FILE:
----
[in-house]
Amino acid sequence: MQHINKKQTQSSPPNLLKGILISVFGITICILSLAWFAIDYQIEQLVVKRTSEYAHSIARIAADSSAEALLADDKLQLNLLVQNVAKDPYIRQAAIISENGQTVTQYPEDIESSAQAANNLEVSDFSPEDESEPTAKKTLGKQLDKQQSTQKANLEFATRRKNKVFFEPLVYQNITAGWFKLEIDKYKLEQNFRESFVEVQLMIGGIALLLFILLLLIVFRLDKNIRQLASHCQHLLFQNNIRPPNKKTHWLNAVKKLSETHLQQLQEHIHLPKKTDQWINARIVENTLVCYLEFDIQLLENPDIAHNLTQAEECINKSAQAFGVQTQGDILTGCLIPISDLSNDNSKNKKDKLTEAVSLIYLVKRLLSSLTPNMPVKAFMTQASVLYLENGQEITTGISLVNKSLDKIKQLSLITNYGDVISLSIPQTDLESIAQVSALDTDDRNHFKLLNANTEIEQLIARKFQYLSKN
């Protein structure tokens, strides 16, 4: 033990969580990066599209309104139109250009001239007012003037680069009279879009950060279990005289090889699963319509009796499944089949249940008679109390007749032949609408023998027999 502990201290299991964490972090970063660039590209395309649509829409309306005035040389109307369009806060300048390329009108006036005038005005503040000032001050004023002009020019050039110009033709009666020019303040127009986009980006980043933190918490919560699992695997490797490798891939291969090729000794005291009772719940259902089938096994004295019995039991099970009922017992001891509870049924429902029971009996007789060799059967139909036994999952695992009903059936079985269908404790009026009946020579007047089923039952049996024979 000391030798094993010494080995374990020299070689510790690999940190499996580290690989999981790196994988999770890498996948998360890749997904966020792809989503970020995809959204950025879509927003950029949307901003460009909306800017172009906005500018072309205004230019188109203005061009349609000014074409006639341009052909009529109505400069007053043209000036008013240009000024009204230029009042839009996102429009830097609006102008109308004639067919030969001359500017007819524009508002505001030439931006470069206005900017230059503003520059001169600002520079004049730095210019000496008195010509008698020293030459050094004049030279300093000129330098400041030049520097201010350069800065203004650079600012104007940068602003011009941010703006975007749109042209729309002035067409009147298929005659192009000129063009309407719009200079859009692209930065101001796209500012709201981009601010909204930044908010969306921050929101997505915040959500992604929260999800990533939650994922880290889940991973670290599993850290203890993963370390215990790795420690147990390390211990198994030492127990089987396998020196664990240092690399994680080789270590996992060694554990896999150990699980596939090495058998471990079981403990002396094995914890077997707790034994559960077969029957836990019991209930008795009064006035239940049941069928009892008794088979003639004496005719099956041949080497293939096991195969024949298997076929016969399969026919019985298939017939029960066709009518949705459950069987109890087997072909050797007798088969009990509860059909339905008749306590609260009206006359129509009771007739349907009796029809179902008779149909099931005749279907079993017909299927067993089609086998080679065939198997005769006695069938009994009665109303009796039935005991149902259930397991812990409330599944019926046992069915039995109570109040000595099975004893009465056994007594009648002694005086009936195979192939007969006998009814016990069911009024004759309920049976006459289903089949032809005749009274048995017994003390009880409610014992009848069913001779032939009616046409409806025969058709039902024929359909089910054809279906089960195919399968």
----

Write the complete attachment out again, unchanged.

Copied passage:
[in-house]
Amino acid sequence: MQHINKKQTQSSPPNLLKGILISVFGITICILSLAWFAIDYQIEQLVVKRTSEYAHSIARIAADSSAEALLADDKLQLNLLVQNVAKDPYIRQAAIISENGQTVTQYPEDIESSAQAANNLEVSDFSPEDESEPTAKKTLGKQLDKQQSTQKANLEFATRRKNKVFFEPLVYQNITAGWFKLEIDKYKLEQNFRESFVEVQLMIGGIALLLFILLLLIVFRLDKNIRQLASHCQHLLFQNNIRPPNKKTHWLNAVKKLSETHLQQLQEHIHLPKKTDQWINARIVENTLVCYLEFDIQLLENPDIAHNLTQAEECINKSAQAFGVQTQGDILTGCLIPISDLSNDNSKNKKDKLTEAVSLIYLVKRLLSSLTPNMPVKAFMTQASVLYLENGQEITTGISLVNKSLDKIKQLSLITNYGDVISLSIPQTDLESIAQVSALDTDDRNHFKLLNANTEIEQLIARKFQYLSKN
């Protein structure tokens, strides 16, 4: 033990969580990066599209309104139109250009001239007012003037680069009279879009950060279990005289090889699963319509009796499944089949249940008679109390007749032949609408023998027999 502990201290299991964490972090970063660039590209395309649509829409309306005035040389109307369009806060300048390329009108006036005038005005503040000032001050004023002009020019050039110009033709009666020019303040127009986009980006980043933190918490919560699992695997490797490798891939291969090729000794005291009772719940259902089938096994004295019995039991099970009922017992001891509870049924429902029971009996007789060799059967139909036994999952695992009903059936079985269908404790009026009946020579007047089923039952049996024979 000391030798094993010494080995374990020299070689510790690999940190499996580290690989999981790196994988999770890498996948998360890749997904966020792809989503970020995809959204950025879509927003950029949307901003460009909306800017172009906005500018072309205004230019188109203005061009349609000014074409006639341009052909009529109505400069007053043209000036008013240009000024009204230029009042839009996102429009830097609006102008109308004639067919030969001359500017007819524009508002505001030439931006470069206005900017230059503003520059001169600002520079004049730095210019000496008195010509008698020293030459050094004049030279300093000129330098400041030049520097201010350069800065203004650079600012104007940068602003011009941010703006975007749109042209729309002035067409009147298929005659192009000129063009309407719009200079859009692209930065101001796209500012709201981009601010909204930044908010969306921050929101997505915040959500992604929260999800990533939650994922880290889940991973670290599993850290203890993963370390215990790795420690147990390390211990198994030492127990089987396998020196664990240092690399994680080789270590996992060694554990896999150990699980596939090495058998471990079981403990002396094995914890077997707790034994559960077969029957836990019991209930008795009064006035239940049941069928009892008794088979003639004496005719099956041949080497293939096991195969024949298997076929016969399969026919019985298939017939029960066709009518949705459950069987109890087997072909050797007798088969009990509860059909339905008749306590609260009206006359129509009771007739349907009796029809179902008779149909099931005749279907079993017909299927067993089609086998080679065939198997005769006695069938009994009665109303009796039935005991149902259930397991812990409330599944019926046992069915039995109570109040000595099975004893009465056994007594009648002694005086009936195979192939007969006998009814016990069911009024004759309920049976006459289903089949032809005749009274048995017994003390009880409610014992009848069913001779032939009616046409409806025969058709039902024929359909089910054809279906089960195919399968």